Competition Curiosity

Competition Curiosity

While the NMBx commenter community continues to duke it out on last week’s post, I have quietly excused myself, and tiptoed over here to tackle another non-controversial topic: composer competitions.

This week it has been good to see that the Finale National Composition Contest, formerly another thing fraught with drama, has finished round one, picked three finalists and acknowledged a nice long list of runners up for their excellent work. The extra kudos is especially nice to see because entering composition competitions often feels like playing the lottery, and when all is said and done, even if one doesn’t win, it is gratifying to know that one’s hard work got far enough into the process to warrant a serious discussion, or maybe even an arm wrestling match or a food fight! That is something to be proud of!

So I’m curious—are there many composers out there who write music specifically for competitions? I never have, rather choosing to submit existing works that fit the instrumentation—not to mention the aesthetic leanings—of the competition in question. However, I have often heard composers say, “Well I’m writing this *insert instrumentation here* piece to enter into this competition. I really need to make some money!” Although this seems like the scenic route to extra income, I can see how it might work for some, especially if one needs an externally imposed deadline in order to complete a new piece! Nothing wrong with that—we work how we work. But I wonder about competitions that want compositions with unusual instrumentations. A piece written for eighth blackbird could be performed by a number of other groups, but what about that work for tuba, guitar, and accordion? Most composers don’t necessarily have something like that just sitting around (though I’m sure that some of you do!), so would you write a new work just for a competition that called for a motley assortment of instruments? For me the answer is “no way,” because if the piece doesn’t win (and according to some it just won’t), who else on earth is going to play it?! Don’t get me wrong, I adore writing for bizarre instrumental combinations, and some of the best gigs I’ve had have been writing for unusual forces, but they were commissions with performances attached.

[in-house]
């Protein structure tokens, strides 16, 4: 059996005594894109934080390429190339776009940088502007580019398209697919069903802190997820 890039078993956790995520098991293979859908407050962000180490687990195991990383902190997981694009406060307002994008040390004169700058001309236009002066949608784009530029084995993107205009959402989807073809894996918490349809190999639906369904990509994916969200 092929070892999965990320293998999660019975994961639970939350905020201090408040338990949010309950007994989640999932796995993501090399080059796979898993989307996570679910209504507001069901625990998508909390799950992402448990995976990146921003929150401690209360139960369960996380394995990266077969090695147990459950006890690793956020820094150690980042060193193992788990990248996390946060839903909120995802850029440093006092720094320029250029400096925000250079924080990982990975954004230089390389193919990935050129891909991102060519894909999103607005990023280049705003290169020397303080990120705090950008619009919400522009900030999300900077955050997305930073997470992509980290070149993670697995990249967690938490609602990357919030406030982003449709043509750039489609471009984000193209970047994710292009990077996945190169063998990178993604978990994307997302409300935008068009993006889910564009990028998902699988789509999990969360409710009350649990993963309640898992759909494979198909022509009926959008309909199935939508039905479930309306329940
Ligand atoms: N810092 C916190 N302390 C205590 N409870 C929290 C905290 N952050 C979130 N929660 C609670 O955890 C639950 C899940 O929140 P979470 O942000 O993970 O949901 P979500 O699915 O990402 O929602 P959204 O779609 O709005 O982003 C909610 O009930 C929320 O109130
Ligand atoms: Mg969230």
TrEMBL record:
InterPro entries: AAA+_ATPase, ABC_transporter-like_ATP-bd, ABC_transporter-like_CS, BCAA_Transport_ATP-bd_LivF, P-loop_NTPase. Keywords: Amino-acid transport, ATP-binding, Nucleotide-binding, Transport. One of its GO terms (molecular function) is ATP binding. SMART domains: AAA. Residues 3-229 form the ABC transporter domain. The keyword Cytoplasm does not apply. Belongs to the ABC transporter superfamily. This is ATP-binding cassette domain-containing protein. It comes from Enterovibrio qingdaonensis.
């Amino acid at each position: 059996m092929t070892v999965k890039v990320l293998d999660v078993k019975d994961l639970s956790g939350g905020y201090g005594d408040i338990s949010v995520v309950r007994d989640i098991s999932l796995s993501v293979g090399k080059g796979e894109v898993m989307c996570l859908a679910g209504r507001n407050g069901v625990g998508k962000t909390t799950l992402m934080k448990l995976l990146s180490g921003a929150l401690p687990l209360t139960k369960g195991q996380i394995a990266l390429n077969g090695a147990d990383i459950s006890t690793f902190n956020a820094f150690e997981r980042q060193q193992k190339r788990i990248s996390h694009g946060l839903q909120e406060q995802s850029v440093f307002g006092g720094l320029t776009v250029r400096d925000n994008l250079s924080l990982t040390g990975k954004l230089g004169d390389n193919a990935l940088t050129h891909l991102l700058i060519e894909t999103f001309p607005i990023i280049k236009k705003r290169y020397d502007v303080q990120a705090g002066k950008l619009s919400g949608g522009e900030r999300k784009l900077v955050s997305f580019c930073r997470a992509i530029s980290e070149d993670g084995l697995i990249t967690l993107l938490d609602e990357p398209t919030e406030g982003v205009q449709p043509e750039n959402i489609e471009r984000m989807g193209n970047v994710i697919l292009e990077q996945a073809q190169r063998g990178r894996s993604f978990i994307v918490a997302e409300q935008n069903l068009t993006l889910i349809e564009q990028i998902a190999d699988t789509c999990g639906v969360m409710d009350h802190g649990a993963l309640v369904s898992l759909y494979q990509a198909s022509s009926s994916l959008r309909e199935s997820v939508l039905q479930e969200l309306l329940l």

Anyway, for those of you who may be experiencing the competition/grant application blues (these things go in cycles and it happens to us all), the link in the paragraph above is a terrific article by composer Eric Whitacre about the pros and cons of entering competitions. The nutshell version is that submitting music to competitions is a really good idea, but not for the reasons one might expect.

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3 thoughts on “Competition Curiosity

  1. jeidson

    Competition-specific pieces
    I spend a good deal of time looking for and entering competitions, but rarely do I write specific works for entry into one contest. While scanning recent postings, I tend to look for contests where I can enter an existing work. I do not like to send MIDI recordings if at all possible, so finishing a new piece a week before the deadline almost assures you will be sending in a MIDI or no recording at all. Another issue is, as you pointed out in your article, who besides the contest ensemble (which might not even choose your work) is going to play your newest masterpiece for piccolo, banjo, and mezzo?

    However, if there is a really interesting posting I might bookmark it and put down “new work?” in my list. Case in point is the recent Butler Symphony competition for orchestral works on the theme of space exploration. I did not have a work like that and was planning on writing a new orchestra piece at the end of 2010 anyway, so this was a perfect fit (plus the inspiration was already provided by the contest – bonus!).

    -Joseph Eidson

  2. Alexandra Gardner

    Joseph, this is a good point! If the work is something that one was planning on doing anyway, or is already in progress, or is a project for school, etc., then by all means get it out there!

  3. jhelliott

    While I have won a few competitions, in no case were the pieces written for that purpose. It was more a question of luck, and in my case, the only competition that called for a specific instrumentation was an orchestral competition for young composers (under age 30) held by a major orchestra. I prefer to write pieces when I know they will be performed, as a piece that languishes in a file (or on a hard drive) just makes me sad, and time is precious.


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